Ireland abortion referendum: United Kingdom minister hopes for NI law change

A woman lays flowers next to a mural of Savita Halappanavar in Dublin as Ireland goes to the polls to vote in the referendum on the 8th Amendment of the Irish Constitution. PRESS ASSOCIATION

Irish Church urges voters to reject abortion and protect life

One poll by RTÉ suggested nearly 70% of the electorate have voted to end the constitution's all but blanket ban on terminations, with another, by The Irish Times, recording 68% in favour of reform.

The Irish Times and RTE television exit polls suggest the Irish people have voted to repeal a 1983 constitutional amendment that effectively bans abortions.

Exit polls indicate Ireland may have voted by a "landslide" to legalize abortion today.

Official counting of Friday's vote begins Saturday morning, and an official result will be announced Saturday afternoon.

It acknowledged that "the right to life of the unborn and, with due regard to the equal right to life of the mother, guarantees in its laws to respect, and, as far as practicable, by its laws to defend and vindicate that right". Varadkar said he hoped the law to allow abortions in the first 12 weeks of pregnancy would be in place by the end of the year.

Ireland's parliament will be charged with coming up with new abortion laws in the coming months. A subsequent amendment was added allowing Irish women and girls to seek abortions overseas, and about 170,000 of them done so since 1980, The Journal reported.

Taoiseach Leo Varadkar said the consensus included men and women and almost all social classes and age groups.

The survey, conducted by the polling firm Ipsos/MRBI for the Irish Times, suggests that the "Yes" vote to repeal the eighth amendment will win by a fairly stunning margin of 68 to 32 percent, defying expectations of a closely divided electorate.

"We thought it would be close", said Heather Keane, 24, who lives in London but flew home for the vote.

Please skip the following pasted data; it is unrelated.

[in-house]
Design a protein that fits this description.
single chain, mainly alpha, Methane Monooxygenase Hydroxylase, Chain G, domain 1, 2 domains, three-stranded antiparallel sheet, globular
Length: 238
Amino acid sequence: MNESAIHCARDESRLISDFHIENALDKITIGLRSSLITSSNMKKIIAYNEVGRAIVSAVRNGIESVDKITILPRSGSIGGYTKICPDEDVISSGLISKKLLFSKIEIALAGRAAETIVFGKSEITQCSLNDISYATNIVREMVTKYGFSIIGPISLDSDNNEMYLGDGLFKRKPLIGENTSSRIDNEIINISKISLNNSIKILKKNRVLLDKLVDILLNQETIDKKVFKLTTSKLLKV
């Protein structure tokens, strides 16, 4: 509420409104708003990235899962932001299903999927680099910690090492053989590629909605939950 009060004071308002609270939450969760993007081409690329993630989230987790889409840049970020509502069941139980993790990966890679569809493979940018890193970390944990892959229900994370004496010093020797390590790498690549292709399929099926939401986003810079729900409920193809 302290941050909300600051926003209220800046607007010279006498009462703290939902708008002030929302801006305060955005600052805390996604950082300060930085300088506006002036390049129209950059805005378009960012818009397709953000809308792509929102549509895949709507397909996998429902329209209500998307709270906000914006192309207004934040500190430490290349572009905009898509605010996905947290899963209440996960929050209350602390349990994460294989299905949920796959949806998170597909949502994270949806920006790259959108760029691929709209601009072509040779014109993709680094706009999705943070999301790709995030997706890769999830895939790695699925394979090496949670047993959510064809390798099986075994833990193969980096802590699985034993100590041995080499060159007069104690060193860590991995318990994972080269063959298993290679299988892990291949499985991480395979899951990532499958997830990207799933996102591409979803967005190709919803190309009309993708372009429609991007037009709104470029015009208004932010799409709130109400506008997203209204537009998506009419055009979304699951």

If the victory is officially confirmed, Ireland's government says it is committed to introducing unrestricted access to abortion for women up to 12 weeks pregnant.

That set the trend for the day, as constituency after constituency voted in favour of change, peaking with 78.5 per cent of voters in Dublin Bay South voting Yes. The amendment, passed in 1983, made abortion illegal in the country even in cases of rape, fatal foetal abnormalities, and risk to maternal health.

"We now have to hold the government to what they have said, that they want to see a situation where abortion will be rare", said leading anti-abortion campaigner Cora Sherlock.

John McGuirk, communications director for the "Save the 8th" campaign pushing a "No" vote, reacted to the exit poll on Twitter.

"For decades, Irish women have been forced to travel hundreds of miles to our clinics in England, often alone, at a huge personal and emotional cost", said Clare Murphy of the British Pregnancy Advisory Service.

Turnout could be higher than for the vote on same-sex marriage three years ago, said Irish national broadcaster RTE. Amnesty International Ireland and the Abortion Rights Campaign, for instance, were required to return political grants of $150,000 and $25,000, respectively, to George Soros's Open Society Foundations.

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